A co-worker has asked me to help setup a spreadsheet that is used in the analysis of customer care emails. In particular, we are looking at three categories - the assignment of meta-data, content and communication skills.

A typical example question may be:

"How well is the email tailored towards the customers questions?" "How well did the employee answer the customers questions?"

I'm not a statistician but have conducted a few surveys in the past. After seeing the initial survey, which was basically an ad-hoc collection of questions combined with varying scaling mechanisms for each question. I figured the first step would be to iterate the goals and work back from there; otherwise I'd be basically devising my own methods from scratch, which feels a little flakey. All this led me to re-design the survey using the Likert scale due to it's simplicity in implementation and analysis.

However, without a deep statistical background I'm finding it hard to validate why it is better to use a proven methodology than a collection of different scales and measurements aggregated into a single number.

How can I convince them of the benefits if using a 'methodology'/scale such as Likert rather than various choice of measurements?

  • $\begingroup$ Do you mean using a standard questionnaire? Or an ad hoc Likert scale (i.e. several Likert-type items) to measure a given outcome as opposed to single items? Or using the same rating format throughout? $\endgroup$
    – Gala
    Jul 18, 2013 at 21:11
  • $\begingroup$ I would be using three categories, with multiple questions contained within each. In each category I placed questions that relate to each other and then used a lickert type items throughout with the intention of aggregating the sum. The original survey used different scales for different questions, for example integer rankings, 0 - 1 and 1- 10. $\endgroup$
    – james_dean
    Jul 18, 2013 at 21:25
  • $\begingroup$ Strictly speaking, a Likert (no c) “scale” is a set of items (questions or statements). The distinction matters. Are you planning to analyze the results item-by-item or somehow average several ratings? $\endgroup$
    – Gala
    Jul 18, 2013 at 21:35
  • $\begingroup$ Both. I'd like to drill down to each question, aggregate questions by category and provide an overall average. $\endgroup$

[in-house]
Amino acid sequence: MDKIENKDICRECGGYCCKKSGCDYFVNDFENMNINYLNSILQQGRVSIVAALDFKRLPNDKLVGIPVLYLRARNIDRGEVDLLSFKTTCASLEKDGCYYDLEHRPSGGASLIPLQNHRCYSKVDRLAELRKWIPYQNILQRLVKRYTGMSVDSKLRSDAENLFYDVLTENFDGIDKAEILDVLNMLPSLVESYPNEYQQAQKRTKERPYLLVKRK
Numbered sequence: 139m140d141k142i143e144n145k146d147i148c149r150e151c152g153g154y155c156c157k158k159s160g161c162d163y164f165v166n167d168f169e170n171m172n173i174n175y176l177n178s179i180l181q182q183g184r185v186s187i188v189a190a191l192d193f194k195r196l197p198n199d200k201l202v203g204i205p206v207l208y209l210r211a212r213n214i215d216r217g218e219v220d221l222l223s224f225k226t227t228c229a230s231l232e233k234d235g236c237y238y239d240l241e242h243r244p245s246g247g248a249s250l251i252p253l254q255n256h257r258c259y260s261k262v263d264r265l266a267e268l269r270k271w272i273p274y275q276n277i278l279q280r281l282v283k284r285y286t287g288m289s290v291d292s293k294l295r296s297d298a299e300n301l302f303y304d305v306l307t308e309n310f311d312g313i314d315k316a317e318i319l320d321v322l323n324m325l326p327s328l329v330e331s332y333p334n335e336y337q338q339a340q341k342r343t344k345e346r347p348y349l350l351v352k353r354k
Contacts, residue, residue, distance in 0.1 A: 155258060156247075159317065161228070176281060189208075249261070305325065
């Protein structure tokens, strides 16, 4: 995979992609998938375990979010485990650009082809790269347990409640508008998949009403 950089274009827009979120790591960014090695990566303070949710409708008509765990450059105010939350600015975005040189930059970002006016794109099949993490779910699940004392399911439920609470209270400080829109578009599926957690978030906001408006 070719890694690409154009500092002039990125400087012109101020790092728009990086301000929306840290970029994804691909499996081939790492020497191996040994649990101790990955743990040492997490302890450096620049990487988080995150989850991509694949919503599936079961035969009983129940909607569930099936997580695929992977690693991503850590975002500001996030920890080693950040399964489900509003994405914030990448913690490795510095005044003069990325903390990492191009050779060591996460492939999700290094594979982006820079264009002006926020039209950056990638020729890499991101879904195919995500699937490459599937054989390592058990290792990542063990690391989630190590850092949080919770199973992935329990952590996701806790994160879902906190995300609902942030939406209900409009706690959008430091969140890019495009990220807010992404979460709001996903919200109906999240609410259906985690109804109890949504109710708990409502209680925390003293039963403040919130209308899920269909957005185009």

– james_dean
    Jul 18, 2013 at 21:39

1 Answer 1


I am not sure there is much of a statistical argument against using different ratings formats, especially if you plan to analyze the data item-by-item. Statistically speaking, detailed ratings (more fine-grained scores/higher resolution) are nicer to work with but they also need to make sense to the respondents. In fact, the rating behavior induced by the response format would seem to be the main concern.

There is a large literature on response formats and their effect on people. This is more a psychological than a statistical problem but the main risk would be inducing confusion and undesirable response patterns. Having 5 and 7-points items looks a bit messy but is perhaps not a big deal, mixing odd and even numbers of responses, bipolar (positive-negative, agree-disagree) and unipolar (not at all-a lot, presence-absence) response formats would seem especially questionable, including binary yes/no questions where it makes sense not so much.

If you want to aggregate several ratings to form a scale or composite score, several additional issues come up. If you use a simple arithmetic mean, items with more variance will have more influence on the scale score and different rating formats can in turn have an influence on that, along with the wording/content of the items.

Incidentally (and this is not necessarily an argument for doing things one way or the other), Rensis Likert did in fact create scales mixing several response formats (an almost binary “Yes - ? - No” response format and two different 5-point formats).


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